Locomotive

To understand this recording you must go back to the Young Stunners’ song Laga Reh, which I wrote about previously. Then, I wrote more about the general theme of a struggling youth in Stunners songs. I didn’t write about the video, which speaks to how the stunners Talhah Yunus and Talha Anjum, along with their producer Jokhay, have actually set up an infrastructure in which to build up younger rappers around them. In that video, Boljani, Savage and superdupersultan play younger versions of Yunus, Anjum and Jokhay respectively. Umar, Shareh and a host of other rappers from what I call the Stunners Universe also feature in the video.

This is not a one-time cutesy collaboration, the connections established here speak more strongly to how linked these artists, their sound, and their songs are. Even in this song, Locomotive, there are direct throwbacks to Laga Reh. Shareh raps Yunus’ line from Laga Reh: “Bae misaal de meri kay bemisaal hu mai”. Then, Yunus comments on the YouTube pointing out the reference, further strengthening the callbacks between these rappers, as they build each other up using the audiences they’ve established on their own.

Shareh also says: “Yeh mera groove tujhe maloom dunga proof nahi” – which I presume is a reference to the Young Stunners’ feature on the PSL Anthem Groove Mera. Savage raps: “Umar savage sath vision apna sirf stunner” – a reference to the clothing brand Stunner Vision, which sells Young Stunners merchandise and fashion similar to that seen in Stunners’ videos.

These callbacks extend through a lot of the discography of the Stunners Universe, strengthening the audience’s bond with new songs and artists.

A criticism of the early 2000s generation of Pakistani pop musicians is that at the height of their success, they did not establish sustainable mechanisms through which to foster new artists that could carry on the charge. The biggest legacy of this generation is music shows, which as aggregators of the music scene monopolize demand and can further restrict new musicians with onerous contracts. New musicians do not have leverage against these contracts, and are hence rewarded with a tiny pie of the music business. As a result, the music infrastructure of the 2000s created a generational cliff.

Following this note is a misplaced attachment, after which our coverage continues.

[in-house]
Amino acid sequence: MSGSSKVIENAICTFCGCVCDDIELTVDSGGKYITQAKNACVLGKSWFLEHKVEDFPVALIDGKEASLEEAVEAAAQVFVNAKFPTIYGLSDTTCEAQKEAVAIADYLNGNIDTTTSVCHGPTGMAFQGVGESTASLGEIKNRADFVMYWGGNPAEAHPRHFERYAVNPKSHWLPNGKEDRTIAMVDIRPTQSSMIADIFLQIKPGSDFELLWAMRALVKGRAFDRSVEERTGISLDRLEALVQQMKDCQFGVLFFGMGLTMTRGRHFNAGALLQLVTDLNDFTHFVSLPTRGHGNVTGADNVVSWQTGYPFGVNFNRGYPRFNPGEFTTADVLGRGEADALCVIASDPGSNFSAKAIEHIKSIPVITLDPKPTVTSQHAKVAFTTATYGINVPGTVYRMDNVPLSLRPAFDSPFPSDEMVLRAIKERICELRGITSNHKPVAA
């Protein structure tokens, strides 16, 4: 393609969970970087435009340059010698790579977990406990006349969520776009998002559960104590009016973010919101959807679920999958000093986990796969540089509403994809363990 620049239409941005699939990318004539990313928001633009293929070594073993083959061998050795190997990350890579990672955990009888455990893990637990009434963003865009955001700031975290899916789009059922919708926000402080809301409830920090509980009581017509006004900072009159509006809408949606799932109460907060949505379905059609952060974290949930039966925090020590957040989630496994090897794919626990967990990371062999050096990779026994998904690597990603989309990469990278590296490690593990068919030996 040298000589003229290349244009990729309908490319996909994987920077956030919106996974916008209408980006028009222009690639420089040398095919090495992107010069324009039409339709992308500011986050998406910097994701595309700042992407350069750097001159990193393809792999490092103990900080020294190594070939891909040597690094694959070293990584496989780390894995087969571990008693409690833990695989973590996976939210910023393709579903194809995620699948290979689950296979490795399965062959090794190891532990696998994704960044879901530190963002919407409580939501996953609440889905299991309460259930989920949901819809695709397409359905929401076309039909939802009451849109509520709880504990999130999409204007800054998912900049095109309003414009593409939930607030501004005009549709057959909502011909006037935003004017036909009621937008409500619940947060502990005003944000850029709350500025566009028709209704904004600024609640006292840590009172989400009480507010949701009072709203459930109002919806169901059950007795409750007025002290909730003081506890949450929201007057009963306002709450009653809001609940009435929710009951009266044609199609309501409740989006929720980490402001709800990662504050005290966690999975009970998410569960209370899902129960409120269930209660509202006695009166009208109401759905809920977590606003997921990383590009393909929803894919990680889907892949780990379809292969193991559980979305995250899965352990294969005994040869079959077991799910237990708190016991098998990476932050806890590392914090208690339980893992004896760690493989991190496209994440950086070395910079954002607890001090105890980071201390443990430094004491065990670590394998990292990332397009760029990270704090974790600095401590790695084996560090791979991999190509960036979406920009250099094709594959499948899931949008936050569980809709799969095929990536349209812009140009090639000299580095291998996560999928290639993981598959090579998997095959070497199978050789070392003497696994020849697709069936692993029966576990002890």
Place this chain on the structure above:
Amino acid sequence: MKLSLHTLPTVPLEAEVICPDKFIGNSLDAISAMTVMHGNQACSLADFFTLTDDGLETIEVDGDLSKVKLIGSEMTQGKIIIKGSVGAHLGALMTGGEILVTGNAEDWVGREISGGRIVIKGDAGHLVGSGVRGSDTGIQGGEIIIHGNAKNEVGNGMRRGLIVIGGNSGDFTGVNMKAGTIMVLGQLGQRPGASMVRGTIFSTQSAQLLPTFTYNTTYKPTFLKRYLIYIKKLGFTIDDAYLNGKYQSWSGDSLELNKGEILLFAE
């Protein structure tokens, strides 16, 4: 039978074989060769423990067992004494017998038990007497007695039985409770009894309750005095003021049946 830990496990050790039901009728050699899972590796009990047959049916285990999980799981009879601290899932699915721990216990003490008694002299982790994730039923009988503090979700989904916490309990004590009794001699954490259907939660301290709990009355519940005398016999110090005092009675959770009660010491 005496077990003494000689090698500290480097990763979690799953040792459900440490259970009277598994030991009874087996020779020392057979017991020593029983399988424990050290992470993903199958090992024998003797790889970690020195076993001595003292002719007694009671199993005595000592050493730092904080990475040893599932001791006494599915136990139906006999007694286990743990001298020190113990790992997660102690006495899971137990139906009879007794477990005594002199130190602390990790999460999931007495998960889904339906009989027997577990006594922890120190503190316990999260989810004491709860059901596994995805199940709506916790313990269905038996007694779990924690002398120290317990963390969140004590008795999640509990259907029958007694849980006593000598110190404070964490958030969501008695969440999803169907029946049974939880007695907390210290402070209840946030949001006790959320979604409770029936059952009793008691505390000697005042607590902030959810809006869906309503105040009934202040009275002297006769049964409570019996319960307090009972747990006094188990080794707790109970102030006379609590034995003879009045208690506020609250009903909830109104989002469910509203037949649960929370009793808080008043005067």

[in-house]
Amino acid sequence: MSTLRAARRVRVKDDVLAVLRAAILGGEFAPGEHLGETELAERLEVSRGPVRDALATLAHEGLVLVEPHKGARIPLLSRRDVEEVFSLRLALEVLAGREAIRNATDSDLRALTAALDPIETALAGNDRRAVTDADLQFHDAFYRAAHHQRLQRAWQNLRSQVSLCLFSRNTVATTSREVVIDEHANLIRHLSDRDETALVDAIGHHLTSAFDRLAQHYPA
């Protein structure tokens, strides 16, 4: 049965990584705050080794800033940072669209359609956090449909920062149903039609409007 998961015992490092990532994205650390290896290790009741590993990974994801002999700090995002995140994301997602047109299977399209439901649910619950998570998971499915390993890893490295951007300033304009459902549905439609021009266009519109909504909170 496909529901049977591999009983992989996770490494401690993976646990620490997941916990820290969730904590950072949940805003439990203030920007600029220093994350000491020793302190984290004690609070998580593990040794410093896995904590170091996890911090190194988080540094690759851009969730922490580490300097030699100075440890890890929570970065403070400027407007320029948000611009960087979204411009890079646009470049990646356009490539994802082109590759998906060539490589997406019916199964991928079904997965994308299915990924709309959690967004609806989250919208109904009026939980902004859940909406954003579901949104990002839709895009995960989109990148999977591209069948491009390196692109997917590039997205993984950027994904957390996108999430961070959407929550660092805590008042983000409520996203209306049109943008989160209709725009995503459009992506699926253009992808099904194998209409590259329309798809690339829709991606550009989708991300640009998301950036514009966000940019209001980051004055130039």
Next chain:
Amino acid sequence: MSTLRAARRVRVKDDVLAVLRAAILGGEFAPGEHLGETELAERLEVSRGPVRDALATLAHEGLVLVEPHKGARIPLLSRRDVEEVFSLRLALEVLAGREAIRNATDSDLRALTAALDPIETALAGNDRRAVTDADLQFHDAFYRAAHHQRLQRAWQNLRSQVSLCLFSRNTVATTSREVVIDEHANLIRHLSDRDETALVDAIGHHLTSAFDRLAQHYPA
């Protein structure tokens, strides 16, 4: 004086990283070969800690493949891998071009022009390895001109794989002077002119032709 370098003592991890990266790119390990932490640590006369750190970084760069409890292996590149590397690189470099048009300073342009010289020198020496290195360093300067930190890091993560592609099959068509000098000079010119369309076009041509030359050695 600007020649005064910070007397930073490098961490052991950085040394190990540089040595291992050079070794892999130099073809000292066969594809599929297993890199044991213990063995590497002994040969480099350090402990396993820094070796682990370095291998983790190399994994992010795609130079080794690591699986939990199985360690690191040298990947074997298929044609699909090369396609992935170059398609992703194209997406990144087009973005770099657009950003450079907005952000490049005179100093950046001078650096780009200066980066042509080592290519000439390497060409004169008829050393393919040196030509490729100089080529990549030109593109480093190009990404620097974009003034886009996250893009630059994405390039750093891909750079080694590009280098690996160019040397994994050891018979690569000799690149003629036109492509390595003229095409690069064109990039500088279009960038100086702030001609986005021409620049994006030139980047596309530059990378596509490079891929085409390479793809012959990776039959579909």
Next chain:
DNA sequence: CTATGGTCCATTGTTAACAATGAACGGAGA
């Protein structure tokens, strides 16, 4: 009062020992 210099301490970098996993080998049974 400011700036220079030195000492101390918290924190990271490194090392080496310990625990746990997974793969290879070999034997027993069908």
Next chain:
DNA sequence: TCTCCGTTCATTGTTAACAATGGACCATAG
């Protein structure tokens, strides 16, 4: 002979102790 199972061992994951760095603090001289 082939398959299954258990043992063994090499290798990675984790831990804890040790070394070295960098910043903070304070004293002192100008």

The counterargument to this is that despite their popularity, the financial success of the 2000s music business was limited too. And the reign of music shows actually created opportunities for new artists that did not previously exist.

The Stunners Universe is interesting to me because it presents an approach that undercuts all of this. Through these references, callbacks and connections, the songs create a broader narrative and culture which is then monetized through streaming revenue, merchandise and eventually sponsorship as the big brands finally catch up to the unnoticed popularity of this entire scene. From this appear not just a couple of artists with mainstream credibility, but rather a growing roster of rappers all of whom develop under the wings of those already present. Most of these artists are so young that they can look forward to decades of work if all goes well, so the possibilities here are immensely exciting.

h/t to friend of the show Feroze Shah who spelled much of this out to me.